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A Brief Tour Of The Alimentary Canal, From Spit To You Know What

There's a lot more going on in our guts than just digestion.
Andreas Lindlahr
There's a lot more going on in our guts than just digestion.

Not so long ago, the workings of the digestive system were of interest only to gastroenterologists and 10-year-old boys. But the gut is now chic, with its microbiome playing a huge role in human health, and passing gas deemed a sign of healthy gut microbes.

What better time to take a tour of the alimentary canal with Mary Roach? Her latest book, Gulp, just came out in paperback, and we figure that's reason enough to chat up the science writer who has proven to be an enterprising chronicler of sex, death and the afterlife. Here's an edited version of our conversation.

I was surprised to learn that spit makes a great laundry spot remover, and even more surprised to learn that art conservators use it to clean paintings. How did you find that out?

That may have been something that I found once I learned that saliva has this enzyme that breaks down starch. These are the same enzymes that are in laundry detergents. To be sure, I called up the American Cleaning Institute, formerly known as the Soap and Detergent Association. They referred me to a guy named Dr. Spitz. He didn't know, so they referred me to a guy named Keith Grime. I love that. Anyway, he confirmed that it's the same enzyme, amylase. I asked him, 'Do you dab a little saliva when you drop food on your lap?' He said, 'No, I use a Tide pen'. But I do. I had already been using saliva as a handy presoak, even though I didn't know why it would work. I should have my own little 'Hints from Mary' column.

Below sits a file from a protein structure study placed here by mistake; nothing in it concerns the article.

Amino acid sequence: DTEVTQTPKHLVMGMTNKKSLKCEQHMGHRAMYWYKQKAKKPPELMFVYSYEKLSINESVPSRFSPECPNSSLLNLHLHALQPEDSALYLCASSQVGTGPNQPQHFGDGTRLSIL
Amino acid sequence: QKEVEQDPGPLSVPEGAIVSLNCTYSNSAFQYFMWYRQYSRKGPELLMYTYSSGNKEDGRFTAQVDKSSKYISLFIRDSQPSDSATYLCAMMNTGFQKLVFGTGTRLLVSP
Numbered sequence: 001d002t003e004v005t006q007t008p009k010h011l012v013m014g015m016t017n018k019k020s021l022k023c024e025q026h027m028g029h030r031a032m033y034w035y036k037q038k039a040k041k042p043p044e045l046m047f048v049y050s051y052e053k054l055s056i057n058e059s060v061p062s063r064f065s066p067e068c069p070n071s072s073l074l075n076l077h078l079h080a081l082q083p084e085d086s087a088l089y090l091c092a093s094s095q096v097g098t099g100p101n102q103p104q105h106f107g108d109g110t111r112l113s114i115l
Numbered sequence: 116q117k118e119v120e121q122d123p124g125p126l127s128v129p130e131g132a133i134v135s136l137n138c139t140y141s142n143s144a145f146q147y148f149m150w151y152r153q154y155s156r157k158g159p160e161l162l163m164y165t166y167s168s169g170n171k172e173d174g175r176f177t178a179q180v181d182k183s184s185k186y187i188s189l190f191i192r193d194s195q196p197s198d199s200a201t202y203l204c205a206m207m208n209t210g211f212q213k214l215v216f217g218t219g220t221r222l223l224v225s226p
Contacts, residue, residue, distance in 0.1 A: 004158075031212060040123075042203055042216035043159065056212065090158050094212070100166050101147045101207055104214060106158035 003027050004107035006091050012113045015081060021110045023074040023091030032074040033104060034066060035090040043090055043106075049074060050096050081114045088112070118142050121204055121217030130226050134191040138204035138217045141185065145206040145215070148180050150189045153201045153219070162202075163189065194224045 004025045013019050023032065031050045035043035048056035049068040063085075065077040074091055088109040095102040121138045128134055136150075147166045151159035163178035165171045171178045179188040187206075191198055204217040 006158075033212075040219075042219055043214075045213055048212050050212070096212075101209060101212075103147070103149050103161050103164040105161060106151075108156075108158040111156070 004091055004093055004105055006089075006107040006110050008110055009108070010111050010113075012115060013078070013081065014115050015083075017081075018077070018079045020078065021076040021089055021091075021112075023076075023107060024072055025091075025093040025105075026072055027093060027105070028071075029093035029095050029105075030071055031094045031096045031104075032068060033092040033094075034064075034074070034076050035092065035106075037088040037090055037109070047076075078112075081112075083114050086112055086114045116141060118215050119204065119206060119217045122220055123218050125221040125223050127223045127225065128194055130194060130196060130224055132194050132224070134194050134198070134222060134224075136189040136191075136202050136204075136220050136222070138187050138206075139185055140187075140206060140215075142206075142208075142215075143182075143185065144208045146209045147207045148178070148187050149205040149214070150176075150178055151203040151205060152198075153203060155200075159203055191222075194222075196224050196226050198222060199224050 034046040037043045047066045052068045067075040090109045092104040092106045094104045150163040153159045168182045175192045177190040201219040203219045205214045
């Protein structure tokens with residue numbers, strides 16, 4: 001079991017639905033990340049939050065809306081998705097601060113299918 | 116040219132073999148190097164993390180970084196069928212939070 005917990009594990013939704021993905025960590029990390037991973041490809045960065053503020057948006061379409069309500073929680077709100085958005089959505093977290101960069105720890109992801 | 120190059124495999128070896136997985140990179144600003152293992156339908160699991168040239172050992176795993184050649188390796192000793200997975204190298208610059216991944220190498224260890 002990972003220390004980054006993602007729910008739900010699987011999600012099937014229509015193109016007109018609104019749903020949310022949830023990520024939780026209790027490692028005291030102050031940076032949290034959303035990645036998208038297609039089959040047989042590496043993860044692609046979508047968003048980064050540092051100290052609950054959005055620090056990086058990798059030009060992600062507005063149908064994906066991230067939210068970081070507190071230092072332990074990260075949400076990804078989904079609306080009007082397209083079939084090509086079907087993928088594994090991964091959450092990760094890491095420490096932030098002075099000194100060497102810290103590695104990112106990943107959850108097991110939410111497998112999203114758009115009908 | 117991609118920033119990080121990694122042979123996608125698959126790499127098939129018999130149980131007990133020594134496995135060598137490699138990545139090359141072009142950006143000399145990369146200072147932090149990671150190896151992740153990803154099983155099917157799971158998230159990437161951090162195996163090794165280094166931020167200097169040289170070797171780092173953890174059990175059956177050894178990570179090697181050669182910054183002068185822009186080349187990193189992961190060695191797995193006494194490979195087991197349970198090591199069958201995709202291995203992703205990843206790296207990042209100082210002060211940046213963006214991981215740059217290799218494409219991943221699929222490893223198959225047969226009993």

What about the question that grade-school boys have pondered for all eternity: If I eat too much will my stomach explode?

It is hard to rupture the human stomach, but the best way to do it is with bicarbonate of soda. It creates this rapid release of gas, which pushes your stomach over the breaking point. In a historical roundup of ruptured stomachs, far more of them were from bicarbonate of soda, the thing, ironically, that you took to make yourself feel better after overeating.

Moving further down the digestive system, you taught me way more than I ever thought I would know about how people smuggle contraband into penal institutions: the "prison wallet". How did you research that?

It was an interesting afternoon. I called up the California Department of Corrections and Rehabilitation and got the public affairs guy, who said: 'We've got a problem with rectal cellphone smuggling. I'm sure we can set something up for you.'

I thought I'd be talking with the guards, but I sat in a room with a convicted murderer and we had a conversation about his rectum. That's how my day went.

In recent years we've learned that the bacteria in fecal matter can actually be life-saving for people with serious infections. You observed the transplant process. How does it work?

I spent time in Minneapolis with Dr. Alex Khoruts, who for a long time has been involved with fecal transplants. The more tidy term is bacterial therapy. A donor, a person with a healthy gut, shows up with a bag with the donated material. The day I was there it was winter, there's a guy with a parka, he showed up and said, 'Not my best work,' handed it over and left. That material was put in a blender under a fume hood, and then put on ice and taken to the colonoscopy lab. The colon is seeded with this healthy person's bacteria.

It's the only thing that's been shown to cure chronic infection with the bacteria C. difficile.

A fecal transplant is a very effective and cheap cure. It's not very often that medicine comes up with a cheap, effective treatment. It's sad that it's taken this long to gain acceptance.

Now there are lots of applications for bacterial transplant. Ear bacteria, gum bacteria – there's a lot of difference in how prone you are to gum disease depending on what bacteria are in your gums.

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